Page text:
Office tenants continue to live partly rent-free in Class A property landlords.

According to statistics, landlords of Manhattan’s top office buildings lose an average of 24% of their franchise rent Avison Young stats According to Business Observer.

Concession rentals across all asset classes collectively lost 21.3 percent, according to the report, which looked at leases larger than 20,000 square feet and with a term of at least seven years.

While Grade A offices are more likely to command higher rents than lower-grade offices, they are also more likely to offer monetary benefits to tenants, including free rent, furniture or renovation subsidies at the owner’s expense.

For landlords, the situation is not getting better as the distance from the early devastation of the pandemic grows further. Across all asset classes, the average rental loss due to concessions before the pandemic was 16.7%.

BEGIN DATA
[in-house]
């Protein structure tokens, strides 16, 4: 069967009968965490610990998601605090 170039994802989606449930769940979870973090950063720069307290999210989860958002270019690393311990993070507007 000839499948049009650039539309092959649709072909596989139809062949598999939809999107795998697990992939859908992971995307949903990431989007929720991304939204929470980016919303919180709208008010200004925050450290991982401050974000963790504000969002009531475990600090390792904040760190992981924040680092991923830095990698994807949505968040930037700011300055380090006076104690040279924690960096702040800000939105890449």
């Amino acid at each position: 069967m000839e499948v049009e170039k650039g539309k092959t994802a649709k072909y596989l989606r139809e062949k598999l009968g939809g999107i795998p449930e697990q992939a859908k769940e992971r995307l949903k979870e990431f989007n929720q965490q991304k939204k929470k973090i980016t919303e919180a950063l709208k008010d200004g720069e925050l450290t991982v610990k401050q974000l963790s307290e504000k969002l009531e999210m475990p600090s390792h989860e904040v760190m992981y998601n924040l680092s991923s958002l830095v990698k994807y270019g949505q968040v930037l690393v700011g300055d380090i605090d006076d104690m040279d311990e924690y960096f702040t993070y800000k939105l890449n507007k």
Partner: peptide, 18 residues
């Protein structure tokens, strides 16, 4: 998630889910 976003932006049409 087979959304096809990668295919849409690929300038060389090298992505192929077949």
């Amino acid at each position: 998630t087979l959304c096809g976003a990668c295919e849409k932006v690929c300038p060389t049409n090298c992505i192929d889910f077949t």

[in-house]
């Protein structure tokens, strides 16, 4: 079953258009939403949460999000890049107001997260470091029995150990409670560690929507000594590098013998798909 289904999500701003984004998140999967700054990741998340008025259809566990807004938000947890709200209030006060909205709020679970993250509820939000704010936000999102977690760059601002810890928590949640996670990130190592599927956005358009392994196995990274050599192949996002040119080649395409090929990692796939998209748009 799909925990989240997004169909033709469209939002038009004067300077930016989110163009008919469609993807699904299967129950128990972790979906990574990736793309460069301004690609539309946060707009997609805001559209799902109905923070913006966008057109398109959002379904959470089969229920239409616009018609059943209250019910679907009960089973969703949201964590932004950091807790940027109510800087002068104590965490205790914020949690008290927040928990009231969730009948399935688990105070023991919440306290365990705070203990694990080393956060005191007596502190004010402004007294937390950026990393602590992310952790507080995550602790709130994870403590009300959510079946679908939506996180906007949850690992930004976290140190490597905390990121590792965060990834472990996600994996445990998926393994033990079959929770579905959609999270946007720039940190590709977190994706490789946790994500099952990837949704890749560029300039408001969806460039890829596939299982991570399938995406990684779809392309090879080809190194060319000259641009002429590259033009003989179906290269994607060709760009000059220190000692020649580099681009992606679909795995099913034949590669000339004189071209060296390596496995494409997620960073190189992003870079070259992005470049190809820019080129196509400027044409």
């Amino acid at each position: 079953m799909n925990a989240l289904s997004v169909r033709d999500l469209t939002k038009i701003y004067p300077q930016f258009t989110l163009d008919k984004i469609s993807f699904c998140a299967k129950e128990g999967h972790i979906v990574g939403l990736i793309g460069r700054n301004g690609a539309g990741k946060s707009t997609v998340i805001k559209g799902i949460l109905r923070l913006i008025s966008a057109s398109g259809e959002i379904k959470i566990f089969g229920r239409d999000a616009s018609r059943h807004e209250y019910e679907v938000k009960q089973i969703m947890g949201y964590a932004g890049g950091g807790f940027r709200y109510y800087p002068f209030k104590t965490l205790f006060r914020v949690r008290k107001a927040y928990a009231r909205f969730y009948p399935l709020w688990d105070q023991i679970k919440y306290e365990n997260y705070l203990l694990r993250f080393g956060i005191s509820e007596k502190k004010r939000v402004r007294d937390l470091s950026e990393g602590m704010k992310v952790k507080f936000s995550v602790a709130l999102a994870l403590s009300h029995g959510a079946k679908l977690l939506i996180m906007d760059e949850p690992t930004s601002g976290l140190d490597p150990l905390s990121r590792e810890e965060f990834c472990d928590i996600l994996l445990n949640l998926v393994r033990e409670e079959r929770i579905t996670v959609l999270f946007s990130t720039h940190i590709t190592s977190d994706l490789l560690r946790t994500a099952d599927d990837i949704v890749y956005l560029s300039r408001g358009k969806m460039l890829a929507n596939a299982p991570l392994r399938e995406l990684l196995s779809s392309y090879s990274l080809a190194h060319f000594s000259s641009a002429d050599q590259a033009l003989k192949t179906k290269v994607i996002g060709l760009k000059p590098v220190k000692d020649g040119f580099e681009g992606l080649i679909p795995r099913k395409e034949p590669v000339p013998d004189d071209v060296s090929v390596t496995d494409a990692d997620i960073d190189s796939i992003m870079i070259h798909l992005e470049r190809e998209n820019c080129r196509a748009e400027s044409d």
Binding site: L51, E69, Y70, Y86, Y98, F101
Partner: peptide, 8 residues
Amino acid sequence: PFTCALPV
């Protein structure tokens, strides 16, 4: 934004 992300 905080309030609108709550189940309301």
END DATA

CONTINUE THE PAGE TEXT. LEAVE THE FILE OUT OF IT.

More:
For trophy offices above Class A, the situation appears to be less disturbing for landlords. While the average rental loss due to concessions was 17.1 per cent before the pandemic hit, it is now as high as 20 per cent, less than for A-grade properties.

Nonetheless, the demand for offers in different office categories does not appear to be relaxing in the near future.

“Frankly, I don’t think that number will go down in the next couple of quarters,” Avison Young’s Danny Mangru told The Observer.

Other reports have come to similar conclusions about office offers in a market beset by pandemic-affected job trends.

Tenant improvement allowances are near record levels, with the average office tenant in Manhattan getting 16 months of free rent in the first quarter, just one month shy of the peak, according to CBRE data. Before the pandemic, the average rent-free period offered to tenants was 13 months.

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